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Background: Gene expression is regulated at different molecular levels, including chromatin accessibility, transcription, RNA maturation, and transport. These regulatory mechanisms have strong connections with cellular metabolism. In order to study the cellular system and its functioning, omics data at each molecular level can be generated and efficiently integrated. Here, we propose BRANEnet, a novel multi-omics integration framework for multilayer heterogeneous networks. BRANEnet is an expressive, scalable, and versatile method to learn node embeddings, leveraging random walk information within a matrix factorization framework. Our goal is to efficiently integrate multi-omics data to study different regulatory aspects of multilayered processes that occur in organisms. We evaluate our framework using multi-omics data of Saccharomyces cerevisiae, a well-studied yeast model organism. Results: We test BRANEnet on transcriptomics (RNA-seq) and targeted metabolomics (NMR) data for wild-type yeast strain during a heat-shock time course of 0, 20, and 120 minutes. Our framework learns features for differentially expressed bio-molecules showing heat stress response. We demonstrate the applicability of the learned features for targeted omics inference tasks: transcription factor (TF)-target prediction, integrated omics network (ION) inference, and module identification. The performance of BRANEnet is compared with existing network integration methods. Our model outperforms baseline methods by achieving high prediction scores for a variety of downstream tasks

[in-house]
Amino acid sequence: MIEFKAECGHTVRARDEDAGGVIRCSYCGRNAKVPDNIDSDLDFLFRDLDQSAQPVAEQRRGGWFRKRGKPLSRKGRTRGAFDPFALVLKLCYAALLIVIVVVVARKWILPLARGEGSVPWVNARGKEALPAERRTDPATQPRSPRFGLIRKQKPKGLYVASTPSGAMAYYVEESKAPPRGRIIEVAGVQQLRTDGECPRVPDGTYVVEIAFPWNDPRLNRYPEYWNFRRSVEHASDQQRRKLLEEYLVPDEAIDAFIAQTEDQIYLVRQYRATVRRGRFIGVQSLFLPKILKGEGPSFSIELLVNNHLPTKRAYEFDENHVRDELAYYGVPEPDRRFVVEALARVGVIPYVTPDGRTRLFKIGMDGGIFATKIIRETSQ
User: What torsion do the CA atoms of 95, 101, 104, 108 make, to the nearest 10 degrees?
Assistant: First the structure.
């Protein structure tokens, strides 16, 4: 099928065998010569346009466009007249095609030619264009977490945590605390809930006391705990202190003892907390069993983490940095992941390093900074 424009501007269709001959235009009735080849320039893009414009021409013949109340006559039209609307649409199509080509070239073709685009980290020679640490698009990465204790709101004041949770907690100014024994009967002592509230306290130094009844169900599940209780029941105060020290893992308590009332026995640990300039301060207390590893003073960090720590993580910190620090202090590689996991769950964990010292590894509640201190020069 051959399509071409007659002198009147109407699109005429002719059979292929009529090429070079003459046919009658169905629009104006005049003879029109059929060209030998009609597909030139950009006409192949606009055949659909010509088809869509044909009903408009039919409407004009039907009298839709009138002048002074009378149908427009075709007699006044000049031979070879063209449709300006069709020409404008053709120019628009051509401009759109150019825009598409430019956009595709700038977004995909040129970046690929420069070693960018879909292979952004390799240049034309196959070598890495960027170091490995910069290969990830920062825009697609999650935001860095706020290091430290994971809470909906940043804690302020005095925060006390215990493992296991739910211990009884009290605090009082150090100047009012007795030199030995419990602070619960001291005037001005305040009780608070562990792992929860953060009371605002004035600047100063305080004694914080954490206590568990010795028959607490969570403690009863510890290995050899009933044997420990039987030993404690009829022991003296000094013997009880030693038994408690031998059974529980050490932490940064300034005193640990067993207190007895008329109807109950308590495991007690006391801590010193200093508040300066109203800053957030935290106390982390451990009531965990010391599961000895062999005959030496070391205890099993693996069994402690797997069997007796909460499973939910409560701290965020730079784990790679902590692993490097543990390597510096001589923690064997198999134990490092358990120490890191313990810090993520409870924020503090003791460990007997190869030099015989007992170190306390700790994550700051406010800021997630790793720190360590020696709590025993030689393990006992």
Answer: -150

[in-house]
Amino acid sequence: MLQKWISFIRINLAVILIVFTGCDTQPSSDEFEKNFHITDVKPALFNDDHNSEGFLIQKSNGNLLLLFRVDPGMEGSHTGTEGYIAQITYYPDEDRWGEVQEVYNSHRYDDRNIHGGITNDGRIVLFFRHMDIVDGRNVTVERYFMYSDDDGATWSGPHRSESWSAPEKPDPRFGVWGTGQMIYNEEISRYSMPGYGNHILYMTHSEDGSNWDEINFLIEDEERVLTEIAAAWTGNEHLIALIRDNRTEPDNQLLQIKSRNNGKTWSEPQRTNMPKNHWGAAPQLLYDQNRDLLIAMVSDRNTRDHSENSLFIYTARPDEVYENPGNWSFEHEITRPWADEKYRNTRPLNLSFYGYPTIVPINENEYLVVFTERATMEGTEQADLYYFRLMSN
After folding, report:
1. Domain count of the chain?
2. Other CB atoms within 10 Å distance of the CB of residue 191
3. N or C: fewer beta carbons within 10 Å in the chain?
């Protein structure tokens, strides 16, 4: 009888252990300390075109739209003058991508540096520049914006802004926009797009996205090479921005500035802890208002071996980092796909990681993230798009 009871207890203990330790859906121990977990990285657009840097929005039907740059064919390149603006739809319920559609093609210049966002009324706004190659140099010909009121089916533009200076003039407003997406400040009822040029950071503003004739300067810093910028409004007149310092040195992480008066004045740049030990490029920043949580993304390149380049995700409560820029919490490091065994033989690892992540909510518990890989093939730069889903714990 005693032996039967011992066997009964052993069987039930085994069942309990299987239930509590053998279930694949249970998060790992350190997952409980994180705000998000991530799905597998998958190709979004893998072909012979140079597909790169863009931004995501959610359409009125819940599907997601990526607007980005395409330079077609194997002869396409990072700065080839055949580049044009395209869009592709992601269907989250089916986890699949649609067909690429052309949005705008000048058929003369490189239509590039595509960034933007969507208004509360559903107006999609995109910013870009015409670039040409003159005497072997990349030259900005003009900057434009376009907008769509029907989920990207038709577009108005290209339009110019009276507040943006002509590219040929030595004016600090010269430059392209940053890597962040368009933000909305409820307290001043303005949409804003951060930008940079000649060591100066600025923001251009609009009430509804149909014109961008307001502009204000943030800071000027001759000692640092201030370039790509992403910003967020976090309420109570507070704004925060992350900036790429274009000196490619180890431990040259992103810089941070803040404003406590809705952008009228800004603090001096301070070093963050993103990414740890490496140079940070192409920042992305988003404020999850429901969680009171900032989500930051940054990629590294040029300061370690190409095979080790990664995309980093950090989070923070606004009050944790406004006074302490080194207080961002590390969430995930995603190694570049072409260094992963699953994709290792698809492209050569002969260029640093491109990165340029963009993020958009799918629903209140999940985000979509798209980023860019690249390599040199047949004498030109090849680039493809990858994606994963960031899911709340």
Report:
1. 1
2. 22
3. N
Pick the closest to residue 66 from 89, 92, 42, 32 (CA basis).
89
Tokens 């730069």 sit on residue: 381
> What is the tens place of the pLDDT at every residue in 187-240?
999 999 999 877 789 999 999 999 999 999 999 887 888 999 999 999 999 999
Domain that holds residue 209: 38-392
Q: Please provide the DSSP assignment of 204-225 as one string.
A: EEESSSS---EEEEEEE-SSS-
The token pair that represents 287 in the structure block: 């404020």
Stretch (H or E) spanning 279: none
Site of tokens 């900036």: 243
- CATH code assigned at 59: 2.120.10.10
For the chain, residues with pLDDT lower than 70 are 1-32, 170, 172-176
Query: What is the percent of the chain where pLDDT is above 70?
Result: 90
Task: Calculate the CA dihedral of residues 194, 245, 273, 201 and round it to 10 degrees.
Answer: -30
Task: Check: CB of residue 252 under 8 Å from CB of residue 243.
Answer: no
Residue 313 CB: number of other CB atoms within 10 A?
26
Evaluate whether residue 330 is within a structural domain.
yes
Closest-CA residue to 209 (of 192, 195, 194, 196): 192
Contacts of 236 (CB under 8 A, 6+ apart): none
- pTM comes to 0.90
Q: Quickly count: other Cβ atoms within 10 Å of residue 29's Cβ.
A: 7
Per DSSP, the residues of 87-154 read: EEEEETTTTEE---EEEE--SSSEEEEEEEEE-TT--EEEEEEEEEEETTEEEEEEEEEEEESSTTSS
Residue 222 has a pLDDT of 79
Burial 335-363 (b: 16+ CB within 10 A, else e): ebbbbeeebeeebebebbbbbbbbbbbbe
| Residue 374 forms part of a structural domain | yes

Motivation: The cellular system of a living organism is composed of interacting bio-molecules that control cellular processes at multiple levels. Their correspondences are represented by tightly regulated molecular networks. With increasing omics technologies, large-scale disparate data is generated. It has increased the use of molecular and functional interaction networks: gene co-expression, protein–protein interaction (PPI), genetic interaction, and metabolic networks. They are rich sources of information at different molecular levels. Effective integration of this biological information is essential to understand cell functioning and their building blocks (proteins). Therefore, it is necessary to obtain informative representations of proteins and their proximity that is not fully captured by the features extracted directly from one level of information. We propose BraneMF, a novel random walk-based matrix factorization method for learning node representation in multilayer networks with application to omics data integration. Results: We test BraneMF with PPI networks of Saccharomyces cerevisiae, a well-studied yeast model organism. We demonstrate the applicability of learned features for essential multi-omics inference tasks: clustering, function and PPI prediction. We compare it to state-of-the-art integration methods for multilayer networks. BraneMF outperforms baseline methods by achieving high prediction scores for a variety of downstream tasks. The robustness of results is assessed by an extensive parameter sensitivity analysis. Availability: BraneMF is freely available at: https://github.com/Surabhivj/BraneMF